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Thursday, February 2, 2017

The very-far-away

The previous post described a new system that allows rendering rich surfaces we call "meta-materials" using low-resolution geometry. Meta-materials cover ranges from 100 meters to 10 meters. What about anything more distant than that, that is, the range from tens of kilometers down to 100 meters?

It turns out the same system applies. You can think of this as "meta-meta-materials", we just do not call them that because one "meta" in a name is already too much. We have multiple objects that do fit that description. A terrain biome is one example.

In this post, you can see the results of applying this method to biome objects. All images are in faux solid color, which we use to make sure feature placement is correct.

Here is a single biome and the amount of geometry it takes to represent it:


In order to capture the detail, this biome also uses 1024x1024 texture maps for diffuse color, normals and other maps required for physically based rendering. Terrain voxels, which are generated on the fly, emit UV coordinate pairs which link the voxel's position in the world with the right section of these texture maps.

Here you can see multiple biomes in the same image, again in faux color, covering an area of approximately 3000 square kilometers:


Since most detail is contained by textures, it is possible to use a much coarser geometry. The following images show that we can crank up the mesh simplification and still obtain fairly good looking features:


As a creator of worlds, this feature is entirely transparent to you. These detail textures are automatically generated. Actually, all the content in these images was generated by our procedural algorithms, but if you had custom made maps, you would not need to be concerned about creating and maintaining the detail textures.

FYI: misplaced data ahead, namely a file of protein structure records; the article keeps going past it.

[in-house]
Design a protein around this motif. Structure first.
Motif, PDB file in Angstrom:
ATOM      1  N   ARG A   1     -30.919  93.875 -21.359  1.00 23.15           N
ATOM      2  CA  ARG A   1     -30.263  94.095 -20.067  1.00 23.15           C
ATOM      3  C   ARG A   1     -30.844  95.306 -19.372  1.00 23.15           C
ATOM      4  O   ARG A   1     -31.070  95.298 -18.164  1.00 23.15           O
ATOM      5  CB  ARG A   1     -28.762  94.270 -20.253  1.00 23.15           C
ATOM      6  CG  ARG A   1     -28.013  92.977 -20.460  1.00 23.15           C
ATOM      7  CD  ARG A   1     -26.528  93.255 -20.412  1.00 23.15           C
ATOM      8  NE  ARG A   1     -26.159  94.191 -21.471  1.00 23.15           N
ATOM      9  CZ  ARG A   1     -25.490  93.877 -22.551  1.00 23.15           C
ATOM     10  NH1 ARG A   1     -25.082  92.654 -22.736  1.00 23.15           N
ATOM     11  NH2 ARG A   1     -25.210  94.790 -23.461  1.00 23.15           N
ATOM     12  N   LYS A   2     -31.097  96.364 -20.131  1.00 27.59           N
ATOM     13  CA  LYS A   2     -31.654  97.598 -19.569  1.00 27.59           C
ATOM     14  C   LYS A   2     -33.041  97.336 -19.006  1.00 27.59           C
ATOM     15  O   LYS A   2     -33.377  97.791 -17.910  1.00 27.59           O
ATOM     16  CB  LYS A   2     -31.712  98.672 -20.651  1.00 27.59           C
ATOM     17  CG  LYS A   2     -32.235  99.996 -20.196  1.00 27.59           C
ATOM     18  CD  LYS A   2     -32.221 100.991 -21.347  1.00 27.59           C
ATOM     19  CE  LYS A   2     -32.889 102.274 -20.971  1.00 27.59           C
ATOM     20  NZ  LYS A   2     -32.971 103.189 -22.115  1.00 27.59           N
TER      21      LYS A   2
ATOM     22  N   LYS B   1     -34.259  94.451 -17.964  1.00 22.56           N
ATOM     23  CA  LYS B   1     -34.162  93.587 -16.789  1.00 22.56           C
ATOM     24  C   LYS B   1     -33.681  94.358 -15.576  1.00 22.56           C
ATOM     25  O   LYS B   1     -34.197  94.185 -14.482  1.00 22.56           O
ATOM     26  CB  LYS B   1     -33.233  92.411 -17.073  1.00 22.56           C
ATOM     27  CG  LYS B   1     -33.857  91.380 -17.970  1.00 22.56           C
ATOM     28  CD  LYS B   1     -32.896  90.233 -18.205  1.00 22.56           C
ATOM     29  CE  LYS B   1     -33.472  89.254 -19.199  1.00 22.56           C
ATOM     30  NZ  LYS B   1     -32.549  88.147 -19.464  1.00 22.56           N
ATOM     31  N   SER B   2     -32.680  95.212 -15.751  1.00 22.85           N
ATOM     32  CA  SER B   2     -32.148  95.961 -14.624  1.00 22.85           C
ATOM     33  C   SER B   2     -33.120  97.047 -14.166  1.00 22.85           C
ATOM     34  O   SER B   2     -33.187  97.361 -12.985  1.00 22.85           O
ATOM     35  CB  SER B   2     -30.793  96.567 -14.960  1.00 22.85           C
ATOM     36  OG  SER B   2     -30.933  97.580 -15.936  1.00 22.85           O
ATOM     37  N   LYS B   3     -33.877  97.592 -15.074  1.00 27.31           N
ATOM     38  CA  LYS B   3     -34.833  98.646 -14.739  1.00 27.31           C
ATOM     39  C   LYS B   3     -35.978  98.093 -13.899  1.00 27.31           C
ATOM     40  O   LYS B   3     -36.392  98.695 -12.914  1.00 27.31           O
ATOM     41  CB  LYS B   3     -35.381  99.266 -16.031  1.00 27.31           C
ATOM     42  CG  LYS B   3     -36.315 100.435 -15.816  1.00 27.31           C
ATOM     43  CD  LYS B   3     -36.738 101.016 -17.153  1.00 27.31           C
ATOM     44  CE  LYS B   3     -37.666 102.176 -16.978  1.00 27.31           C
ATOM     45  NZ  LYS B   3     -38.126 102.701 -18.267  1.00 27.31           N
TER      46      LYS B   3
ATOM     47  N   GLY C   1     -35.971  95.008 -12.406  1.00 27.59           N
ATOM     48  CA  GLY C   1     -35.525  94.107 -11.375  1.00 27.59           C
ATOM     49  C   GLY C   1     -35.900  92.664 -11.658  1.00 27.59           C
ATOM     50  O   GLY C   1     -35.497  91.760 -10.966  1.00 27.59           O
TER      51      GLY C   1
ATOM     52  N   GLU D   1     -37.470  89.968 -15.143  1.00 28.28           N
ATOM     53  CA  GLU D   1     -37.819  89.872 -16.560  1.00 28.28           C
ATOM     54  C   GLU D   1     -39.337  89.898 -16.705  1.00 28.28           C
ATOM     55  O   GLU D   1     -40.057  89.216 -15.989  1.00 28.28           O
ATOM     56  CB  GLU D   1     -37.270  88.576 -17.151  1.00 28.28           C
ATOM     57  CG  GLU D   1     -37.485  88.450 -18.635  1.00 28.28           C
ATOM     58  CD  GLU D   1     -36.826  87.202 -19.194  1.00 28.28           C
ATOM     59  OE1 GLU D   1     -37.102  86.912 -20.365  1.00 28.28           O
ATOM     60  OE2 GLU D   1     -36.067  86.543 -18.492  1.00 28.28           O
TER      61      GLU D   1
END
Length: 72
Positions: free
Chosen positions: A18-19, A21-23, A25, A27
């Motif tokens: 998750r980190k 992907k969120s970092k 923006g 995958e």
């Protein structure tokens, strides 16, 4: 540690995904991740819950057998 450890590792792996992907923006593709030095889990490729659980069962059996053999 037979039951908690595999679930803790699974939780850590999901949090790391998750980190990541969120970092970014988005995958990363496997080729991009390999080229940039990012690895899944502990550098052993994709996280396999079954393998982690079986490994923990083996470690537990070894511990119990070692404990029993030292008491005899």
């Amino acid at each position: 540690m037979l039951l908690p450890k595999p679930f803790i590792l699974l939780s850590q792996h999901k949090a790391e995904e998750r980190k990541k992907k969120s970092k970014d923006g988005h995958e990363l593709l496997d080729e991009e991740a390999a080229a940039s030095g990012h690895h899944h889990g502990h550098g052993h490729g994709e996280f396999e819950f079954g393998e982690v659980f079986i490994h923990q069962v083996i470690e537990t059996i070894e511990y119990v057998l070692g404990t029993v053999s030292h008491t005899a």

Like I said in the previous post, this is a technique frequently used in modern polygon-based terrain. The key here is this is now working on voxel terrains. These environments can be modified in real time by players. They can harvest materials, make trenches, even blow out entire craters in real time.

8 comments:

  1. Meta-meta can be replaced with 'pata, as in 'pataphysics, the study of what lies beyond metaphysics.

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    1. Wow, thanks for introducing me to the wonderful world of pataphysics! I did not know that was a thing. I'll find a way use the term now, "meta" is so early 20th century...

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  2. What about even larger scales? How well can you handle something like a dyson sphere zooming from a human sized character all the way out? Or a realistic Saturn-style ring system? Applying things like the Worm Day example to planet-size objects rather than mountain-sized ones?

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    1. For entirely procedural objects, the system can scale pretty much all you want. I will cover this in more detail in future posts, but the overall idea is when things are far enough they are replaced by a new material that contains a "projected" version of the higher frequency detail. You can do this swap many times over.

      When you have user made structures, let's say now you have harvested one quarter of Saturn's rings, it is trickier because we do not have a stage in the process to bake this information. But this is feasible anyway. We already compute higher LODs on the fly, it would be a matter of computing these other forms of LOD.

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    2. Thanks! that's really cool.

      The Saturn's rings thing reminds me of one case of LOD you haven't mentioned; how do you handle/plan to handle things that look like solid object up close and a partially transparent texture form far away? Saturns rings, forest canopies, rows of pillar relatively thin enough that the distance between them would be sub-pixel, etc.

      ((I wish I could play around with this stuff more. Can't really justify buying a devkit even as reasonably prised as this just for hobbyist messing around and not having any actual game in mind or working in the games industry at all. ))

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